When dealing with shape layers, you get 2 transform options. One is inside Group sublayer and the other is just plain transform. This image shows what I mean:

enter image description here

When should I use Transform Group and when just Transform? My shape only has 1 group. In that case, does it matter which transform I use?

2 Answers 2


Shape layers can comprise more than one shape, indeed they can contain multiple groups of shapes. So when you have multiple elements in a shape layer and want to transform one of them but not the others you use the individual transforms for that part, when you want to transform the whole layer you use the normal layer transforms.

If your shape layer only contains one element then there is really no difference, except that the layer transforms are accessible to keyboard shortcuts, e.g. P for position, S for scale etc., and work with nudging, e.g. the arrow keys or num pad + and num pad - for rotation.

Of course you can achieve the same result as having multiple parts to a shape layer by creating multiple shape layers each containing one part and grouping them by parenting, using expressions or precomping them.

Whether you make shapes with individual parts per layer or all in one layer is a matter of taste. I tend to switch between the two, but mostly favour individual parts per layer - I like my keyboard shortcuts.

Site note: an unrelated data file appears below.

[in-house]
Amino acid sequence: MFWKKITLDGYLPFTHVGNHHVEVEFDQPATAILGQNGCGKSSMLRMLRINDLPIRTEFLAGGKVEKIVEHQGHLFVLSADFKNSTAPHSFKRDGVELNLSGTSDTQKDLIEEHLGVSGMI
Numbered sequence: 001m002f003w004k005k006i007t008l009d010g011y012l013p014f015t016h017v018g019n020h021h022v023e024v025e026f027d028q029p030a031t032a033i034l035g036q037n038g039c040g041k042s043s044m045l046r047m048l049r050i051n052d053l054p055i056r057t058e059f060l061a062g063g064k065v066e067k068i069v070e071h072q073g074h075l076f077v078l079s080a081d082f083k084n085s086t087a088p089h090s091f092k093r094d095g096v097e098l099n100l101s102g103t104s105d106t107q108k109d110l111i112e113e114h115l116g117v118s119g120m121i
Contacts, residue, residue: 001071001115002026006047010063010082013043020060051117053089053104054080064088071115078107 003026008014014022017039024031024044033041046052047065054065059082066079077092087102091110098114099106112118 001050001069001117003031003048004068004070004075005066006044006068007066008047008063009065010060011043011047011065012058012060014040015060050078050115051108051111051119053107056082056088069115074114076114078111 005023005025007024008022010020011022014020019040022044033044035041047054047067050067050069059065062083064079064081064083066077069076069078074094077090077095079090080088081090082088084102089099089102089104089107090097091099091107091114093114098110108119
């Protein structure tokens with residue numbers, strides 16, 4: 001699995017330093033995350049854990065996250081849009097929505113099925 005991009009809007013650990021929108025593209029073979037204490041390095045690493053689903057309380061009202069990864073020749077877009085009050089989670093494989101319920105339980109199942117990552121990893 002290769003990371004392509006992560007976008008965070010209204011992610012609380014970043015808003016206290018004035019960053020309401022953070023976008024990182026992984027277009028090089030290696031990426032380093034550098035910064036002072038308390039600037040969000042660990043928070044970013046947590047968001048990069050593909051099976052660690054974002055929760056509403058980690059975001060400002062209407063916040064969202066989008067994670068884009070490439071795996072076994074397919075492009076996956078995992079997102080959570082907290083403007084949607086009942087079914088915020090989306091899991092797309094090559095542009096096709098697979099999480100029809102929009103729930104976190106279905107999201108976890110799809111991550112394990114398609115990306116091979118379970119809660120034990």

I kinda think the AE layer shapes implementation isn't AE's strongest feature. For anything complicated I always do it in Illustrator and import.


If you are only transforming 1 group, you can leave this set to normal.

Another way, which is what I would do: Parent all your shape layers to a single Null Object Layer. Then transform the Null Object Layer.

This will allow you to easily control the transforms, either 2D or 3D with one layer node.

Null Object Layers are one of the best tools in the AE toolkit.

Your Answer

By clicking “Post Your Answer”, you agree to our terms of service and acknowledge you have read our privacy policy.

Not the answer you're looking for? Browse other questions tagged or ask your own question.